For two weeks in November the world will come together to accelerate plans to avoid the irreversible impacts of climate change at COP26. Climate change presents one of the greatest existential challenges we must confront. After the Paris Agreement, countries committed to develop national plans that would further the goals of the Agreement and convene every five years to ensure its progress. Unfortunately, we can’t rely on sovereign states to achieve the lofty goals necessary to avoid the worst elements of climate change. Each individual and organization must take responsibility for stemming the tide of climate change, and protecting those who are and will be most impacted.
Here are a few ways we are seeking to elevate the voices of and to create systems to protect those most vulnerable to the current and future impacts of climate change:
Virtual Convening Series
This month, we were awarded $16,000 from the U.S. Consulate in New Zealand for the Right to Life with Dignity Climate Justice project. The grant will help us continue our virtual convening series with climate activists and share out the work next year. To date, we have hosted 14 virtual convenings with over 30 local and Indigenous climate advocates. Next year, we plan to host another 20 virtual convenings to connect with at least 50 additional climate advocates.
Roundtable Event with Robin Bronen
On November 5th, the Right to Life with Dignity Team will be consulting with Robin Bronen, a human rights lawyer working with displaced Alaskan Native communities. The roundtable event will cover some of the key outstanding questions the team has as we continue developing the legal standard and modeling pieces.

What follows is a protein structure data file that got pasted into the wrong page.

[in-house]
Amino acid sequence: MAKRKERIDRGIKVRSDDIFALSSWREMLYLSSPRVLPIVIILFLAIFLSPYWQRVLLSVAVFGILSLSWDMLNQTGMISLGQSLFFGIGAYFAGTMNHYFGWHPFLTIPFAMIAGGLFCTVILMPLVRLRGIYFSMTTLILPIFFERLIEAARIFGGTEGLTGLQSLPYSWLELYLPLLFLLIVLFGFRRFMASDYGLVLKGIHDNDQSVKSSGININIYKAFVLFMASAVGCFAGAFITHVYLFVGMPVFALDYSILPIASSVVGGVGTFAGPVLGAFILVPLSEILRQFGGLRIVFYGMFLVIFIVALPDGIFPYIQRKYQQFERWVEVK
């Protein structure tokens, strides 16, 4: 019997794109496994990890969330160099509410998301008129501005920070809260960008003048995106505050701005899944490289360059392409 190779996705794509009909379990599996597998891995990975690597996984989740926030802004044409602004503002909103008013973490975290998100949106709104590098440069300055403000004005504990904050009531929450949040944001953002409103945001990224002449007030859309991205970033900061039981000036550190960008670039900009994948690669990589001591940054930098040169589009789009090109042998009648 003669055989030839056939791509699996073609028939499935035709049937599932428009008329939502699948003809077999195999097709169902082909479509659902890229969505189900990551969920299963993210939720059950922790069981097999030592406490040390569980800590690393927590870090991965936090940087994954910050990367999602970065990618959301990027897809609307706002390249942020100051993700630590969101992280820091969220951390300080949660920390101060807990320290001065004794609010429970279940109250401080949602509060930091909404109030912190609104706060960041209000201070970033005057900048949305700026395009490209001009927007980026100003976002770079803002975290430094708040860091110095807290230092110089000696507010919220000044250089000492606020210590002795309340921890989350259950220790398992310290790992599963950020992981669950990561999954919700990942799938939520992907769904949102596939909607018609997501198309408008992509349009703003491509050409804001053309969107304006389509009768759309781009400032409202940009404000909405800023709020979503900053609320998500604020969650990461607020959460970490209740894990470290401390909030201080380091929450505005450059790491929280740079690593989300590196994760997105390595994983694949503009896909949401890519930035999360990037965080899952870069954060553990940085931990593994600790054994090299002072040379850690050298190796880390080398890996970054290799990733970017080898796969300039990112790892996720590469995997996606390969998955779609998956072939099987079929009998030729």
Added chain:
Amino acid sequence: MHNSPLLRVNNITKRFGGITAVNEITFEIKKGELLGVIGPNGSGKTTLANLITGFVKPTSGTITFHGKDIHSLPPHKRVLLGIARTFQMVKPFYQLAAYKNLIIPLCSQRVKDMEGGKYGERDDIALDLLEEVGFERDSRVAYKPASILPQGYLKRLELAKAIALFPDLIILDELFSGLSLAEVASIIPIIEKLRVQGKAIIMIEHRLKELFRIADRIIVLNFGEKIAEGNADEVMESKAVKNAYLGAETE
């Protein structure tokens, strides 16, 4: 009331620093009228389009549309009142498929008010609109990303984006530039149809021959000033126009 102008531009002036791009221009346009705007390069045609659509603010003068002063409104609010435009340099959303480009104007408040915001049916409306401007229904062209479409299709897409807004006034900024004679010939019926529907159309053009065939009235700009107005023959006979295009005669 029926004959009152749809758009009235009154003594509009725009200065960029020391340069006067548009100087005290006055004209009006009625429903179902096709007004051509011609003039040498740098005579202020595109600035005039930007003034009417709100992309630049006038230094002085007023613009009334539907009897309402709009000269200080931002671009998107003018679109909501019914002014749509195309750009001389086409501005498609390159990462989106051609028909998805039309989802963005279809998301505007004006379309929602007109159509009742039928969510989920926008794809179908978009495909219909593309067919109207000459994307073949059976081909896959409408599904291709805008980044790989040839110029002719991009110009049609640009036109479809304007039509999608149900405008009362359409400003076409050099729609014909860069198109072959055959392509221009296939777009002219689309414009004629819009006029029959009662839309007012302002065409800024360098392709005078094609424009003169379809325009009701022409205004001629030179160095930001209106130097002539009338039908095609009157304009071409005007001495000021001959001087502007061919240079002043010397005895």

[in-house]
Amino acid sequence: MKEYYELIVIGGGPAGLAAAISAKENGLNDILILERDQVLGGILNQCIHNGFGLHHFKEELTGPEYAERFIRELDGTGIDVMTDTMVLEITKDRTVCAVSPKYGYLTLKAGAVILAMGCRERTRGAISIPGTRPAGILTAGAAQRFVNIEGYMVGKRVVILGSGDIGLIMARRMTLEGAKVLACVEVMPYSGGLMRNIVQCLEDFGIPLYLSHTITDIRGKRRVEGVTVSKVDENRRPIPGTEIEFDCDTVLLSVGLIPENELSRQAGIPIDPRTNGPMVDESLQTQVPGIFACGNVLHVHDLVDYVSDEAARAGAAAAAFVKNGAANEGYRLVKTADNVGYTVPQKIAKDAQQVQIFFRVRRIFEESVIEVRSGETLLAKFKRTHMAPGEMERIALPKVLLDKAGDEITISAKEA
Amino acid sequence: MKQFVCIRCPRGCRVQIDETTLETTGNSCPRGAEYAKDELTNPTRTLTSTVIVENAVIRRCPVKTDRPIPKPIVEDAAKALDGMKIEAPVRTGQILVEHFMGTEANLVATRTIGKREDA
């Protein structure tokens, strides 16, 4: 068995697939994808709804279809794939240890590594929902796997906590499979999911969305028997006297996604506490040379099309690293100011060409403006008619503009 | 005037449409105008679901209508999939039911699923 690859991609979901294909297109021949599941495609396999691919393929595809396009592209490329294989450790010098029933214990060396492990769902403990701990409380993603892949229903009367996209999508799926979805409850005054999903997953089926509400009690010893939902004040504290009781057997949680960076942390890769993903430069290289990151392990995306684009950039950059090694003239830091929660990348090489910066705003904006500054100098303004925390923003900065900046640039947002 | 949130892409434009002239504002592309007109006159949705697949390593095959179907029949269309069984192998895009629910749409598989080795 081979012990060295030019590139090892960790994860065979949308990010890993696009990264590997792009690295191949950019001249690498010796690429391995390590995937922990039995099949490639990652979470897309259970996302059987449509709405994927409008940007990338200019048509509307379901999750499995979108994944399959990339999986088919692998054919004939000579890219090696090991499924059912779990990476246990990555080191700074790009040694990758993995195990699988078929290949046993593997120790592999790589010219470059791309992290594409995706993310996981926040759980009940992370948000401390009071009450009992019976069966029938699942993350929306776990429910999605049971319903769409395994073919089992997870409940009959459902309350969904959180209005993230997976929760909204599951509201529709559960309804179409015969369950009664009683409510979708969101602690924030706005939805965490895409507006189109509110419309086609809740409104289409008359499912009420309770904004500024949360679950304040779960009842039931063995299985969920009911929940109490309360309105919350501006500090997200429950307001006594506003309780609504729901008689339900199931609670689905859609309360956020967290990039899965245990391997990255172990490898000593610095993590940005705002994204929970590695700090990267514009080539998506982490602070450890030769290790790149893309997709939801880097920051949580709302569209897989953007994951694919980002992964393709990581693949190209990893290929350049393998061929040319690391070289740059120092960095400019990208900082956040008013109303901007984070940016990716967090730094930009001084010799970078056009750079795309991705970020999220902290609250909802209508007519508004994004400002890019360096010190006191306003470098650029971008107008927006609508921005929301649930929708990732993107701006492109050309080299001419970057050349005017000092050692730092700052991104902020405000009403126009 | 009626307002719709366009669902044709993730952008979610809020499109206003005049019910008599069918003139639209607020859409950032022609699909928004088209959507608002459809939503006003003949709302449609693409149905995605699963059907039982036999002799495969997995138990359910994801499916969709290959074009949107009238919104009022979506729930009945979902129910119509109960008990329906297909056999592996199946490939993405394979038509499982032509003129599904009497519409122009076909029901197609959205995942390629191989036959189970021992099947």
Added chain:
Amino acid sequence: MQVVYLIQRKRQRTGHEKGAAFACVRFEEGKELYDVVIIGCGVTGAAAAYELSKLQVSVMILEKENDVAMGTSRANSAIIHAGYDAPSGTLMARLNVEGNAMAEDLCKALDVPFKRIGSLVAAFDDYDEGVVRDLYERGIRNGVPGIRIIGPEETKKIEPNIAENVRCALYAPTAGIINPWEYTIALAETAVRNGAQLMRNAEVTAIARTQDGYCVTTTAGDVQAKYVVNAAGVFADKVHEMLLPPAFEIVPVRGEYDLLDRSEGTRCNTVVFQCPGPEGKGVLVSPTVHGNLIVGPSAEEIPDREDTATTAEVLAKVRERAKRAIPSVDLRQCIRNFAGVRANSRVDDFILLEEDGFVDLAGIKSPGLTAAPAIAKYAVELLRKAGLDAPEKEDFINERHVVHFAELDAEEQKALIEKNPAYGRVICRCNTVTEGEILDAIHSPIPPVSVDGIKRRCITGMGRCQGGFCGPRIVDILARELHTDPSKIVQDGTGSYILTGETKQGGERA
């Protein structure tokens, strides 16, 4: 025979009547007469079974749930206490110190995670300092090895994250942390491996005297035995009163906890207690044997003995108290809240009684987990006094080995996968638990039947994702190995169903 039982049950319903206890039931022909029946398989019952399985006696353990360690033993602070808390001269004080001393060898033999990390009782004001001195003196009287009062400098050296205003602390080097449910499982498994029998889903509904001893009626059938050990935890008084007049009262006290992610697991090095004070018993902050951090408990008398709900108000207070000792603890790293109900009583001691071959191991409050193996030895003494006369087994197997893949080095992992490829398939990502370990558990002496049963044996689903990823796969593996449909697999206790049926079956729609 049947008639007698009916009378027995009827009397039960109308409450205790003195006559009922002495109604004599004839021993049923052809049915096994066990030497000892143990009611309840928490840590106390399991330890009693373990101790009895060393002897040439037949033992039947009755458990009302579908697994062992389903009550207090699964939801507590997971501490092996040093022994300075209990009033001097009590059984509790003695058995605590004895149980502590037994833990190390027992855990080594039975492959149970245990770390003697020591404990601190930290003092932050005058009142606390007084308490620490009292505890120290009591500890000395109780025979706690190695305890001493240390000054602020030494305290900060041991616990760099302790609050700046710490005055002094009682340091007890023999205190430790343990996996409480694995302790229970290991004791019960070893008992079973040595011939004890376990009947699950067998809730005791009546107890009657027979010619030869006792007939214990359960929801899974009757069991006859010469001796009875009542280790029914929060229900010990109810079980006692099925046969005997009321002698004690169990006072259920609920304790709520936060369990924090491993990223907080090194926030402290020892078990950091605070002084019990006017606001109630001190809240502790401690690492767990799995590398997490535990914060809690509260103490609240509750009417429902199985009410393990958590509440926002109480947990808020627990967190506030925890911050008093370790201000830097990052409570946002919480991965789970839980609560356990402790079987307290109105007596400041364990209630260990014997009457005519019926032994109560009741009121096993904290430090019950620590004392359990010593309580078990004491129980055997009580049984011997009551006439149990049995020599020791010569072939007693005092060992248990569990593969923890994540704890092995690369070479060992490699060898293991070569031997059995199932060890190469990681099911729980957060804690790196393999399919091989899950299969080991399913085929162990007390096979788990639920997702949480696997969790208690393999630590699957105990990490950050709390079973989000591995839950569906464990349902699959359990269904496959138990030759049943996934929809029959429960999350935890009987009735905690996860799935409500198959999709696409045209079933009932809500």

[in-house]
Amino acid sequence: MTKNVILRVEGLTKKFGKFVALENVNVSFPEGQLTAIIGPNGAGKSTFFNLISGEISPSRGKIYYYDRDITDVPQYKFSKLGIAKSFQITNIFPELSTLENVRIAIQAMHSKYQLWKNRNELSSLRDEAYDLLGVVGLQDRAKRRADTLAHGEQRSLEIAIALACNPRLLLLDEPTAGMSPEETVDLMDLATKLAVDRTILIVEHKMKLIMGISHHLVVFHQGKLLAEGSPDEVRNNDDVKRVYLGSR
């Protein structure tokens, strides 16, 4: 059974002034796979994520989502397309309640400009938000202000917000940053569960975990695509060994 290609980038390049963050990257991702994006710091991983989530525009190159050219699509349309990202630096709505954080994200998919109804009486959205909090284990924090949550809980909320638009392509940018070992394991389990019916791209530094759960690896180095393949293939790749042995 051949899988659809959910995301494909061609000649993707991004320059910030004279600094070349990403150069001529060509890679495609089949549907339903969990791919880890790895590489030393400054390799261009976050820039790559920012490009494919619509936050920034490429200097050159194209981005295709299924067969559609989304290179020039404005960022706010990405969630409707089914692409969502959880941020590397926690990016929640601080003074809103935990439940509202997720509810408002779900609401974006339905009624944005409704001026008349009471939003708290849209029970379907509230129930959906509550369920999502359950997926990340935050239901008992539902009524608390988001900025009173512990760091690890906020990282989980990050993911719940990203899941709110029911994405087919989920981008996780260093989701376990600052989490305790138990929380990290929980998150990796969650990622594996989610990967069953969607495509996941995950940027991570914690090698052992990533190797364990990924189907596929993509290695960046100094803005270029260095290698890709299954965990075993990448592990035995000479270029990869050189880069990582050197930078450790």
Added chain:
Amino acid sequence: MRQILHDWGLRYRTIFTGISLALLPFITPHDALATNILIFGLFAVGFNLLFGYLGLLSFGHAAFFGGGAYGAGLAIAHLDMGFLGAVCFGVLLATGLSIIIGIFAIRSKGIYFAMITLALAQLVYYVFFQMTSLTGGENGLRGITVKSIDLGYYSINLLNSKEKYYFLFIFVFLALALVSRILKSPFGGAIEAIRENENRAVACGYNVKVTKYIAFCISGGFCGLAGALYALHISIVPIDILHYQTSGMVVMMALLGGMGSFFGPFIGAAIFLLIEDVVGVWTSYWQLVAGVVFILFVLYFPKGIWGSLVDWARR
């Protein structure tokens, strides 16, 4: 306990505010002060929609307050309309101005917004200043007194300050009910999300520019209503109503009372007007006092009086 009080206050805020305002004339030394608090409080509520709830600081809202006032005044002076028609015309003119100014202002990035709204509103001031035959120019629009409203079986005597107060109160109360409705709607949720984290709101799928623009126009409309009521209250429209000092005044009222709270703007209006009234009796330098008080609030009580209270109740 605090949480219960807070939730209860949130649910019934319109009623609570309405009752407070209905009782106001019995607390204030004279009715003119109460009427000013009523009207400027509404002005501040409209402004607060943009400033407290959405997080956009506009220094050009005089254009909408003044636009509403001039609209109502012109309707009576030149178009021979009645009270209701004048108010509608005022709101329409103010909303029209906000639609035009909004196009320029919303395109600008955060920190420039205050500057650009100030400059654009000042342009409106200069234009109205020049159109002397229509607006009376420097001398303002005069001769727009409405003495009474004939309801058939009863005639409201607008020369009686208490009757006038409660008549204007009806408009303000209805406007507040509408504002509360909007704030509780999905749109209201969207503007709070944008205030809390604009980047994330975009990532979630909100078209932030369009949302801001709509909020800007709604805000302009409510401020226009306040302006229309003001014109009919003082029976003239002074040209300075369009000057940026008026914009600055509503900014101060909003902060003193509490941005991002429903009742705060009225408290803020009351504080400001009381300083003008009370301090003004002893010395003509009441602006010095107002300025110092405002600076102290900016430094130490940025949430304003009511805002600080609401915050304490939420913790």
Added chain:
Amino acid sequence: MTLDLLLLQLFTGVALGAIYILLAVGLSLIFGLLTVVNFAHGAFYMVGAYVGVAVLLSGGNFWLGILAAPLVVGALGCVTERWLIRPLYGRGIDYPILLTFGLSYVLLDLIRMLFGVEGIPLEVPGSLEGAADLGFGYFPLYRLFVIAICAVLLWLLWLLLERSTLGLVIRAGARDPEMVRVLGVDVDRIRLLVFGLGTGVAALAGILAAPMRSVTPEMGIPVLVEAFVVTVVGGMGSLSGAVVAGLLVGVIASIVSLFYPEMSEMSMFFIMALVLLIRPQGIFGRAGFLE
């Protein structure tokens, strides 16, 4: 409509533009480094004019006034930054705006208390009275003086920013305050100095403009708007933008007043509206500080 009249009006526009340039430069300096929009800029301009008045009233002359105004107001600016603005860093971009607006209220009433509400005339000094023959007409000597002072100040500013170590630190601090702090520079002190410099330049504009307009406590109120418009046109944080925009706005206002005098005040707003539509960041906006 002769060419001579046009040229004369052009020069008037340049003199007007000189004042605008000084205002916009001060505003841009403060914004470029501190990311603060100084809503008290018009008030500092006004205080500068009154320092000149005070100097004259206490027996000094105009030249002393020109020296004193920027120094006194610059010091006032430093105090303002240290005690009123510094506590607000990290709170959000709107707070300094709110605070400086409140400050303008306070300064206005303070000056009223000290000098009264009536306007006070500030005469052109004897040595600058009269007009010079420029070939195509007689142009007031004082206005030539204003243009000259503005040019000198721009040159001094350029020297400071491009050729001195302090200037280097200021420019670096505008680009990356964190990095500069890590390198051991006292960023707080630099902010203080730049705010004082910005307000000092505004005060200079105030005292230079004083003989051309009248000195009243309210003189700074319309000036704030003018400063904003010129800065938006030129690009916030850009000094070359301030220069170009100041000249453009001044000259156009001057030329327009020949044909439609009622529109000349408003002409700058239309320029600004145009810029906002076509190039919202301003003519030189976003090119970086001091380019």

Banaba Project Underway
The Banaba Local Government and Civil Society Working Group has kicked off their series of community dialogue sessions around colonial displacement, statelessness, and the right to life with dignity. The team on Rabi Island will be gathering community members across each of the four villages as well as Village Chairpersons, the Rabi Council of Leaders, and Banaban elders. This work will be supported with pro bono legal research coordinated by the ICAAD team to better understand the legal ramifications of the displacement of Banabans from Banaba to Rabi Island in Fiji.
Climate Relocation and Human Rights in the Pacific Virtual Panel
The Team will be hosting a panel event with the U.S. Consulate in New Zealand and the Young Pacific Leaders Network on November 8th from 7-8:30pm (EST). The event will cover the latest developments in the Right to Life with Dignity project and insights from climate advocates we have been working with, including Rae Bainteiti who is leading the Banaba project. Watch via Zoom or join at an in-person watch party at any of the U.S. Embassies in the Pacific. Register here.